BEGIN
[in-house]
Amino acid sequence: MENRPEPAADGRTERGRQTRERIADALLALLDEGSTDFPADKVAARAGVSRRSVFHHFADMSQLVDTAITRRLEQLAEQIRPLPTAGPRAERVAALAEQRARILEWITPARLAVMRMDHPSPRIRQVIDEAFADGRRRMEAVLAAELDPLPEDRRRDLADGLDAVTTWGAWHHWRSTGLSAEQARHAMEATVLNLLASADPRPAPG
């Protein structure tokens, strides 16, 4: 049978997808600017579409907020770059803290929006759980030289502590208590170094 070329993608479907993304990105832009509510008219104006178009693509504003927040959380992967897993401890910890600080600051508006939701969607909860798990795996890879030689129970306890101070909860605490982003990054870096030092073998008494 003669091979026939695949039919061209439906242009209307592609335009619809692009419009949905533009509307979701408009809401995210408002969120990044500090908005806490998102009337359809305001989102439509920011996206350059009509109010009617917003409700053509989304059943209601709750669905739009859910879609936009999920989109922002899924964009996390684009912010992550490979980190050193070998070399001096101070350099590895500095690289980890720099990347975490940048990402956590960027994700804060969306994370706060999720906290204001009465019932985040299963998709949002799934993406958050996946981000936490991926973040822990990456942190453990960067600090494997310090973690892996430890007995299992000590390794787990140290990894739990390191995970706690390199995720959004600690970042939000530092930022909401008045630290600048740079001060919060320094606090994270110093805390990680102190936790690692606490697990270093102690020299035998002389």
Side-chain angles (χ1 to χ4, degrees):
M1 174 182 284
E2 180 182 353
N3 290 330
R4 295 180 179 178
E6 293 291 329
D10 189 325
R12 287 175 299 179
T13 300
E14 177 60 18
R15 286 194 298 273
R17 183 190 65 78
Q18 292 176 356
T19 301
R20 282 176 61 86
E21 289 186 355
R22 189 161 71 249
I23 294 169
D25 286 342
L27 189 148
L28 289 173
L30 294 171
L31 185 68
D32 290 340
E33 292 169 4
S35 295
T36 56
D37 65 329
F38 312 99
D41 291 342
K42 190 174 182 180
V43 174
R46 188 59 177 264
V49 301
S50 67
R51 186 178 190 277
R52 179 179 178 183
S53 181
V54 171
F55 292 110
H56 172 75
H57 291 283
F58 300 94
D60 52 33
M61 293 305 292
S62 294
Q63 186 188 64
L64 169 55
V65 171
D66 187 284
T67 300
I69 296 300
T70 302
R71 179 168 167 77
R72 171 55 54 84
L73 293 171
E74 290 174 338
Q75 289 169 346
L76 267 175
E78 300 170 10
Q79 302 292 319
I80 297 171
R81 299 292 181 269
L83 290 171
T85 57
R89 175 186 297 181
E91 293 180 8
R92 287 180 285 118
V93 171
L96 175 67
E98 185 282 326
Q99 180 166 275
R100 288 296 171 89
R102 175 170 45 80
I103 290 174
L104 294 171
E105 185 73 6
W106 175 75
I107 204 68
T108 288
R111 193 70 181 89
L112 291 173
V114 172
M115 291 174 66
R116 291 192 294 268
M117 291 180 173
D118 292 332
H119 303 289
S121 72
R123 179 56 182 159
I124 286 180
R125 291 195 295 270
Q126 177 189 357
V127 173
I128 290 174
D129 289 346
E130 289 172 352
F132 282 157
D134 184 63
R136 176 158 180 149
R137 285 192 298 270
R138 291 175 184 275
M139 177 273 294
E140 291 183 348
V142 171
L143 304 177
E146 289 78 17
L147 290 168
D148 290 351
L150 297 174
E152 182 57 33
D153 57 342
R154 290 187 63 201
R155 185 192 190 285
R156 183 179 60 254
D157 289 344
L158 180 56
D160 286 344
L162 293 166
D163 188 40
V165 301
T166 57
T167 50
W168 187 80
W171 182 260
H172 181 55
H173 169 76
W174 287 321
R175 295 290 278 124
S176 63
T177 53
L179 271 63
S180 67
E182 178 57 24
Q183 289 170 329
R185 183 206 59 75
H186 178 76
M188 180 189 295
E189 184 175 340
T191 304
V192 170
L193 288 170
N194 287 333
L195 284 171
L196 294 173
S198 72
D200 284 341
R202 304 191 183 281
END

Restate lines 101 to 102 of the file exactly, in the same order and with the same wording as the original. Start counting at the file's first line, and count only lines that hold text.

F132 282 157
D134 184 63